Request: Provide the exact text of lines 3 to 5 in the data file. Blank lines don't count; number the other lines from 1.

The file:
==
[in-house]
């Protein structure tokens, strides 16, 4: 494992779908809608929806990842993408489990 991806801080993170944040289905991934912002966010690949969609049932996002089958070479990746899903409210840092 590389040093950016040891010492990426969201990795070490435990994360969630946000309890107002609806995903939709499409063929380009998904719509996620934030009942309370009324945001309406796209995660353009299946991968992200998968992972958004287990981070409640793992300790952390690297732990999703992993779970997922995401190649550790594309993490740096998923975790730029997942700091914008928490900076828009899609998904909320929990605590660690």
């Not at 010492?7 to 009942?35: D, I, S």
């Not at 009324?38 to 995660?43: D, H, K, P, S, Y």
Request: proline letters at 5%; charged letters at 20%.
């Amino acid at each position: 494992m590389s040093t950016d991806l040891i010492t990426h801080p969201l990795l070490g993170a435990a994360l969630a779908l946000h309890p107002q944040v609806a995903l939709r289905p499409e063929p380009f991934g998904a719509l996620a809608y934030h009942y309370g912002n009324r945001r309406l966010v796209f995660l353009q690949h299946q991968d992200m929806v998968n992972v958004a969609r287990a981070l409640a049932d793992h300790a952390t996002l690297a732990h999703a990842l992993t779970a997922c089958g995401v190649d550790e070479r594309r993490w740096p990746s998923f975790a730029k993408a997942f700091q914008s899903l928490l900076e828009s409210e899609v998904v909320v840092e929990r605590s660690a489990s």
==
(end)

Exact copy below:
């Not at 010492?7 to 009942?35: D, I, S």
């Not at 009324?38 to 995660?43: D, H, K, P, S, Y």
Request: proline letters at 5%; charged letters at 20%.